More thinking about Python's inheritance model
Here's something I've been pondering lately: why doesn't Python have
an inheritance model more like C++, where (for
example) your superclass's
__init__ is automatically called?
There's a number of reasons, but I think that one of them is that Python lacks any concept of private class attributes and methods. When you limit what a subclass can do to a superclass, when you have private internal state that has to be maintained correctly, it's clear that you cannot let a subclass block the correct initialization (or destruction) of a parent class. So you have to call the superclass's initializer, and in fact you have to call them from the top of the inheritance tree on down, because you need to prevent the subclass from getting control before the superclass is ready for it.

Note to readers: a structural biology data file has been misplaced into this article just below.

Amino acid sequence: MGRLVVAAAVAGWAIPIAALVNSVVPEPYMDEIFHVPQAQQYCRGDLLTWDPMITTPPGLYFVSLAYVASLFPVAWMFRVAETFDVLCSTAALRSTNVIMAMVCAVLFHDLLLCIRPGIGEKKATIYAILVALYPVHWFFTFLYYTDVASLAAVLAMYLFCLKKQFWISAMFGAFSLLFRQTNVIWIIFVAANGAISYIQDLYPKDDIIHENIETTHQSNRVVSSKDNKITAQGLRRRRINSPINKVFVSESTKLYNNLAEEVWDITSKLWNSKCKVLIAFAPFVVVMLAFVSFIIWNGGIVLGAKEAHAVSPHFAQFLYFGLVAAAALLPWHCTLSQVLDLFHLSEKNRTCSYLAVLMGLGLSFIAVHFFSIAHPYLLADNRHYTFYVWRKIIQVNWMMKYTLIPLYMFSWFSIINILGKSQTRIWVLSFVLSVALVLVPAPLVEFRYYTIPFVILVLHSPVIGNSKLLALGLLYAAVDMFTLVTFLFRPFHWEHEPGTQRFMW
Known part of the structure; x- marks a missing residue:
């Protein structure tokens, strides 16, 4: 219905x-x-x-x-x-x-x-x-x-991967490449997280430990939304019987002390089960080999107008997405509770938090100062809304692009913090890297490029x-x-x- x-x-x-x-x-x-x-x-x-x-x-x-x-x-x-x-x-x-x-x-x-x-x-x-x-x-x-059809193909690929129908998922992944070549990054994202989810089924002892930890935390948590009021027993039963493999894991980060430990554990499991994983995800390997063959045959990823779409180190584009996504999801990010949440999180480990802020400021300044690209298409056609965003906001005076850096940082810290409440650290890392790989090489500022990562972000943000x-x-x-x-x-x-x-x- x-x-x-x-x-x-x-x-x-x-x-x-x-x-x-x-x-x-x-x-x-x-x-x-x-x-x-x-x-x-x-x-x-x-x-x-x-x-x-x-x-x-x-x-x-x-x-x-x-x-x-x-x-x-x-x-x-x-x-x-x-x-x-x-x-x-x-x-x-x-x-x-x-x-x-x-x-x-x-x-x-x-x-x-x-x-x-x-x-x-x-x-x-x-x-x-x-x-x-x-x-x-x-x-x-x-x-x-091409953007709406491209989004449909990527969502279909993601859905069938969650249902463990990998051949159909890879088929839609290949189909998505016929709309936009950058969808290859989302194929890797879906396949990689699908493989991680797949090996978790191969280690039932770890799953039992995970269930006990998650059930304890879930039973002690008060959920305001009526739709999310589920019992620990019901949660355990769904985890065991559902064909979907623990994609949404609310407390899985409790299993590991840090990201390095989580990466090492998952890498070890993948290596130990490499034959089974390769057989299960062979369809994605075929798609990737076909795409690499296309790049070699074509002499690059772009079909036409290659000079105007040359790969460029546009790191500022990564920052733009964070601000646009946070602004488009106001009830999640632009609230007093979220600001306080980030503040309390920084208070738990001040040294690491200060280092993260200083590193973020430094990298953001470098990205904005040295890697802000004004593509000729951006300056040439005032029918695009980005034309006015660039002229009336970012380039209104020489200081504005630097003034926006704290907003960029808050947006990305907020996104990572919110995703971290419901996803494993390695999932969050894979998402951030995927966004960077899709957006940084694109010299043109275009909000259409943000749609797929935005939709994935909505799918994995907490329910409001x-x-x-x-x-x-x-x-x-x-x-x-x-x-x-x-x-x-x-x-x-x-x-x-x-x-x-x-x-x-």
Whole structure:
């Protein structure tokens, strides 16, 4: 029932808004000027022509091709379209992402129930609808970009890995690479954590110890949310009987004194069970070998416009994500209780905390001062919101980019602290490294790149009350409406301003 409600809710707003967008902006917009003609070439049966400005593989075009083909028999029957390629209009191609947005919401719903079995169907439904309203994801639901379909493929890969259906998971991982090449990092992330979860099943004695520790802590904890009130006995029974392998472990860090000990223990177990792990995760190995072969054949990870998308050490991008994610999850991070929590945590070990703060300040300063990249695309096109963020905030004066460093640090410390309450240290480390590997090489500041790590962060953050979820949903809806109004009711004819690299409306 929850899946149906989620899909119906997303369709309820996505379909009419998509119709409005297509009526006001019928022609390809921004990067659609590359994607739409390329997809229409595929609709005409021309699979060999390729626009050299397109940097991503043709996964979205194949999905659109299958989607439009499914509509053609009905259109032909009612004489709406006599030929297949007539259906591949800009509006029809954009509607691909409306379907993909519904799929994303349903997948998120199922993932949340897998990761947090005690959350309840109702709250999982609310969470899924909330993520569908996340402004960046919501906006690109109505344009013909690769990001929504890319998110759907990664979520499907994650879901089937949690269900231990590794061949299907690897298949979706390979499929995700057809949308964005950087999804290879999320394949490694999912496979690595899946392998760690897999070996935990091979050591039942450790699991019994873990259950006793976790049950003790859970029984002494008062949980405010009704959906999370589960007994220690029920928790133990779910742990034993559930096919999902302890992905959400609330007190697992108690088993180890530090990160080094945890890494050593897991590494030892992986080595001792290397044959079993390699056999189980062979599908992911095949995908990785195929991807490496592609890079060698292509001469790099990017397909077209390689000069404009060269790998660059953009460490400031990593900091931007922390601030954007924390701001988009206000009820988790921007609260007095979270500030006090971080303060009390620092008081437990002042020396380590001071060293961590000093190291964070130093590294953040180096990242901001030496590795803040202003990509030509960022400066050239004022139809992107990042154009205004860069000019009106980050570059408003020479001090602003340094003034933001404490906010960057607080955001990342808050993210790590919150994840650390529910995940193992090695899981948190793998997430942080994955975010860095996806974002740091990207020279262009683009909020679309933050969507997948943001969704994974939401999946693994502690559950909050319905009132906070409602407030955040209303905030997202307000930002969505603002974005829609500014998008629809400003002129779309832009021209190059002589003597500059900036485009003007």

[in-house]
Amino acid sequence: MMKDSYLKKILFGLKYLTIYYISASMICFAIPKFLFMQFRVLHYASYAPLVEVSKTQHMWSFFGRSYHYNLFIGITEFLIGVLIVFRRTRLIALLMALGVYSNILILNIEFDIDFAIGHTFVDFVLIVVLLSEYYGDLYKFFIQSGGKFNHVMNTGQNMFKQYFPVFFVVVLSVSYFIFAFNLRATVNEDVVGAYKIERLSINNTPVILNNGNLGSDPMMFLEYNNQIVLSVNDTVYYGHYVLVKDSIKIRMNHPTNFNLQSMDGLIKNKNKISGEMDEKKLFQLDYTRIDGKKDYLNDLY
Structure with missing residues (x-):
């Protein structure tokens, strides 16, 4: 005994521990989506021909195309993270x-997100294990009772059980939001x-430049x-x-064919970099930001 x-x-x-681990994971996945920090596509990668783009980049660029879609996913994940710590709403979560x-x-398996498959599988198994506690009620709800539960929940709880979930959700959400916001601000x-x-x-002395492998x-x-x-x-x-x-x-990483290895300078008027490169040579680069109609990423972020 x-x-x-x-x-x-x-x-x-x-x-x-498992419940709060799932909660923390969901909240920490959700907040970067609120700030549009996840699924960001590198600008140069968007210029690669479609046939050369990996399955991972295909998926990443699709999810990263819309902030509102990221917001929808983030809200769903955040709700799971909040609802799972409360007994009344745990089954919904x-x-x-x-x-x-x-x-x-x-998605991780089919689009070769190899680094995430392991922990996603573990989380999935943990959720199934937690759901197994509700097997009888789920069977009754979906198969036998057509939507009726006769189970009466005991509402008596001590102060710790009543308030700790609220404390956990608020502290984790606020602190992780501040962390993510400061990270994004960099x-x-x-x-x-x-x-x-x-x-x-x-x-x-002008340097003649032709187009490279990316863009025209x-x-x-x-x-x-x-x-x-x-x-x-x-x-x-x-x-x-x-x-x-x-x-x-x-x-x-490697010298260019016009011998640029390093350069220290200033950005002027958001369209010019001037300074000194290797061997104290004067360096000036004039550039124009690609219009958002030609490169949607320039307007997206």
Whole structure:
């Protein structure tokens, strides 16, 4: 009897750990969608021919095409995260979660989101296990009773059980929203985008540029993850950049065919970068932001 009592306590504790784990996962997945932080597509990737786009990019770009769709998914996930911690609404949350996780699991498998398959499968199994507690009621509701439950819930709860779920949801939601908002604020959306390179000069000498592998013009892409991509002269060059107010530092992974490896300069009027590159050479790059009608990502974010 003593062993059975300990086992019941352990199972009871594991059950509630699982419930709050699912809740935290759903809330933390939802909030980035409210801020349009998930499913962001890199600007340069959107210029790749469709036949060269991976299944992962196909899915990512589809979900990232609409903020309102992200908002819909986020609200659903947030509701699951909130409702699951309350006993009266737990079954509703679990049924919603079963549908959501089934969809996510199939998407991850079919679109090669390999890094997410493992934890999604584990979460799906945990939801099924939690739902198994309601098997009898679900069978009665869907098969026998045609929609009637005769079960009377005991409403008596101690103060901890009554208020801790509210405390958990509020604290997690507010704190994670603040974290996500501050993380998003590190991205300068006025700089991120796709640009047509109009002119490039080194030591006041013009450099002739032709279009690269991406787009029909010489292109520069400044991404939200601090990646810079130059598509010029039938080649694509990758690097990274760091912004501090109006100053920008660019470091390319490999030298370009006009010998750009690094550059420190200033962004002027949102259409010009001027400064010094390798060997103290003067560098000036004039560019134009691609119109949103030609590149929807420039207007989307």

(To develop this argument slightly more: it doesn't do any good to protect an instance attribute or a class method if you don't also protect the thing's dependencies, and one of the core dependencies is a correctly initialized object. Or in short: protecting the value of an instance attribute is pointless if you don't also protect the fact that it has a defined value.)
Since Python gives classes no such protection it is free to adopt a simpler model of class inheritance, because it is not giving subclasses any power that they don't already have. (And you can argue that the simpler model is also more powerful, since it allows Python subclasses to do things that would probably be impossible in C++.)
(Disclaimer: the author doesn't actually know C++, although he keeps intending to learn it.)